Translated and with an Introduction by Burton Raffel
and an Afterword by Roberta Frank
The Liberal Arts Tradition: A Philosophy of Christian Classical Education introduces readers to a paradigm for understanding a classical education that transcends the familiar 3-stage pattern of grammar, logic, and rhetoric. Instead, this book describes the liberal arts as a central part of a larger and more robust paradigm of classical education that should consist of piety, gymnastic, music, liberal arts, philosophy, and theology. The Liberal Arts Tradition also recovers the means by which classical educators developed more than just intellectual virtue (by means of the 7 liberal arts) but holistically cultivated the mind, body, will, and affections. This is a must-read for educators who want to take a second big step toward recovering the tradition of classical education.More info →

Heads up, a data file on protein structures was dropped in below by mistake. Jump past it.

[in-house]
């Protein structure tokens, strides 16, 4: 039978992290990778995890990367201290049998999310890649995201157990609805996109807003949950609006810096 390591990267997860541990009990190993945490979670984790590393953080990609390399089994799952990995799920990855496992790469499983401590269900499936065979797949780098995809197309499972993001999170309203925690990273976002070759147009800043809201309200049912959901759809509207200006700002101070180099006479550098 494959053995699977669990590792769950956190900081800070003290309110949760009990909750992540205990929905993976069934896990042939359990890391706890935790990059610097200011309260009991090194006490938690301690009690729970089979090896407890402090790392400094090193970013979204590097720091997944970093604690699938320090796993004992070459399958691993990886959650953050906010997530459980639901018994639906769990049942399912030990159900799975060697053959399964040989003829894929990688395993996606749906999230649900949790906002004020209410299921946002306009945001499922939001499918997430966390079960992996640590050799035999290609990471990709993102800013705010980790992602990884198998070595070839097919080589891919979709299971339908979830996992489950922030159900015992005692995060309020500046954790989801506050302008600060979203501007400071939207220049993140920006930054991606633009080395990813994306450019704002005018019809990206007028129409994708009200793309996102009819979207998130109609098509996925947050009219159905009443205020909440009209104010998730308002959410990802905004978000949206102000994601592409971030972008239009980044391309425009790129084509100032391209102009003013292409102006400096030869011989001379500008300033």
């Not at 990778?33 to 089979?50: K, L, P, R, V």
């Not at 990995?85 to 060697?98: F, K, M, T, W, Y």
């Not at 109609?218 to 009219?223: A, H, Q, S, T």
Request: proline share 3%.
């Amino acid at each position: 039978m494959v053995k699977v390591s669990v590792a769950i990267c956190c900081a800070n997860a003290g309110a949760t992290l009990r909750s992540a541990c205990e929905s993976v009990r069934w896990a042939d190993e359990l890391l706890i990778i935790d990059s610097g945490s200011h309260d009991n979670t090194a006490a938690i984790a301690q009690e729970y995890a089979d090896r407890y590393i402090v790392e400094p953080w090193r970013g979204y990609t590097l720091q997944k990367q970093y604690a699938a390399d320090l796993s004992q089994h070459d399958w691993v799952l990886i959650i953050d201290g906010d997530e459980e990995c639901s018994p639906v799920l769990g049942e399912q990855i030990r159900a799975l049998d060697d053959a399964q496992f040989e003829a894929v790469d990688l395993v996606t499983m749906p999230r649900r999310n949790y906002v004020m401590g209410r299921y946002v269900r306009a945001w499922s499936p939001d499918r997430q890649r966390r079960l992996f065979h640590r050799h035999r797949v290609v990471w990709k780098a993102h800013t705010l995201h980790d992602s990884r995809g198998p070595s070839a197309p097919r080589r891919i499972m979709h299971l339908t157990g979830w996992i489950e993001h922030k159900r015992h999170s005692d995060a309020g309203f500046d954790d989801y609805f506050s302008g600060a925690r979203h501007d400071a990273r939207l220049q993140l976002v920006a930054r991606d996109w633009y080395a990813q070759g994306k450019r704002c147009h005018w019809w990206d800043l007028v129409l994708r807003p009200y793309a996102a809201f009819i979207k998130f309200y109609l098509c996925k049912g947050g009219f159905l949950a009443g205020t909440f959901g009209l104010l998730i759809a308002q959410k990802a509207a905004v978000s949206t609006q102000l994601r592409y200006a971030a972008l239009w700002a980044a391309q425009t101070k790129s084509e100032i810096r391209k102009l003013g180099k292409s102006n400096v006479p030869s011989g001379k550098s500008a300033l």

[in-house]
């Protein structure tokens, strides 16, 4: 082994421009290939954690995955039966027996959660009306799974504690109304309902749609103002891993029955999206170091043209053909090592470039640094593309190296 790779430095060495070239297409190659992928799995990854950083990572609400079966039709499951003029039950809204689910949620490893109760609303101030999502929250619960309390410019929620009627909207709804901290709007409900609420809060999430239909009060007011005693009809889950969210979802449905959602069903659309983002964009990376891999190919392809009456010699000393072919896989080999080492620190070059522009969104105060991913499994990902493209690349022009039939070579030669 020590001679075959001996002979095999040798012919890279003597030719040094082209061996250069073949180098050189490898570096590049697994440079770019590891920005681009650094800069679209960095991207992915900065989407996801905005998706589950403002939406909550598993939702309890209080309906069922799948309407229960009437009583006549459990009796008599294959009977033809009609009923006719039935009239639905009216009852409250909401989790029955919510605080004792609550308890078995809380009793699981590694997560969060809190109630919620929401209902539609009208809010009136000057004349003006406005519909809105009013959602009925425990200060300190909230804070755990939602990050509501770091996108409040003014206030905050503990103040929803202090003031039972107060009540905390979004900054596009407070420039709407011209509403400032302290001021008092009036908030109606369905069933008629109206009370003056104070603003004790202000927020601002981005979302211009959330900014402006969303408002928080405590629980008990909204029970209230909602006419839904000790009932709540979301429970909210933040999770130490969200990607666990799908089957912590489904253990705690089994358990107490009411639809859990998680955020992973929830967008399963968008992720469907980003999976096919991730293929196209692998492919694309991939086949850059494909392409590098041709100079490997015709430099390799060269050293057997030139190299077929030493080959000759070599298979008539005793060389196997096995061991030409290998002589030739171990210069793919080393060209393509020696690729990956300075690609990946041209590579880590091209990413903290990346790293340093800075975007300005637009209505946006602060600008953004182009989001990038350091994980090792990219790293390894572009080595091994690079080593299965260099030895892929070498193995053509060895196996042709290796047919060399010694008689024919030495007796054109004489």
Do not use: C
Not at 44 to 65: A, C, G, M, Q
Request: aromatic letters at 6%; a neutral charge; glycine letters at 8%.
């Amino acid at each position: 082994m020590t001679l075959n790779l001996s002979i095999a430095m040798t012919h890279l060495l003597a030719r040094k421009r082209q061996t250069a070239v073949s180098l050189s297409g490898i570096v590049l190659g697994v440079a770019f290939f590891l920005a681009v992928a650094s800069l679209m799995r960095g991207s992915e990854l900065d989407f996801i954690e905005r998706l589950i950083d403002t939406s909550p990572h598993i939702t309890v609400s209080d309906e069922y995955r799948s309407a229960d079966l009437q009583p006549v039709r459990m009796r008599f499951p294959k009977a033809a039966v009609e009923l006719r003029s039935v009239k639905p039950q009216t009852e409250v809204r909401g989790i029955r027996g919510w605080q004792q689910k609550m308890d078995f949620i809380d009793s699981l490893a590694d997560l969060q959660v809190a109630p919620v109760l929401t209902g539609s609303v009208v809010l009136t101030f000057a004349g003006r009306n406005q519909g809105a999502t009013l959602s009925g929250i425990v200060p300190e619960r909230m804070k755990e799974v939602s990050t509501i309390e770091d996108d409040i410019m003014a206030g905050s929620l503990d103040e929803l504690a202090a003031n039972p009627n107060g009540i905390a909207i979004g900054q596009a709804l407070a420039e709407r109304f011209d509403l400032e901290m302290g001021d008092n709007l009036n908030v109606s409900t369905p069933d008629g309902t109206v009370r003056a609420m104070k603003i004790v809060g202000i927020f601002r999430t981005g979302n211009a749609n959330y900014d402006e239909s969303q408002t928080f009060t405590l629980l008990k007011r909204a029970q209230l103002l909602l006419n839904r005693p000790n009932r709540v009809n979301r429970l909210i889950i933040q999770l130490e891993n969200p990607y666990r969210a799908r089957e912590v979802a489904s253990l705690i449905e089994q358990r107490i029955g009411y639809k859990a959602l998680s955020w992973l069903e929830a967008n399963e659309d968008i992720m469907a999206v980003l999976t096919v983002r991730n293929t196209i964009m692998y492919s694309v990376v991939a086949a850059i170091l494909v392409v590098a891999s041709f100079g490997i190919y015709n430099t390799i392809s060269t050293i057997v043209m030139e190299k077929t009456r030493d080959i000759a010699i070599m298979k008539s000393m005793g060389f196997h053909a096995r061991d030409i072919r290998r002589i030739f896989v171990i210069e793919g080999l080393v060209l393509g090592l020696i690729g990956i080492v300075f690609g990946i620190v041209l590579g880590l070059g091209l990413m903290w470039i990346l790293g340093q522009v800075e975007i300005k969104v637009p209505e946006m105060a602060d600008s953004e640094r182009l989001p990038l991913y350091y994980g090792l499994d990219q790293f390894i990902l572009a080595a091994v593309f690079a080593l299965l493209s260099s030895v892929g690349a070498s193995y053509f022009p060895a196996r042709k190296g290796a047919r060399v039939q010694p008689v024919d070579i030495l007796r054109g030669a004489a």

Fans of Jerry Spinelli's Maniac Magee and Louis Sachar's Holes will enjoy this story about a boy and the ancient secrets that hide deep in the heart of the Florida everglades near a place called Muck City.
When Charlie moves to the small town of Taper, Florida, he discovers a different world. Pinned between the everglades and the swampy banks of Lake Okeechobee, the small town produces sugar cane . . . and the fastest runners in the country. Kids chase muck rabbits in the fields while the cane is being burned and harvested. Dodging flames and blades and breathing smoke, they run down the rabbits for three dollars a skin. And when they can do that, running a football is easy.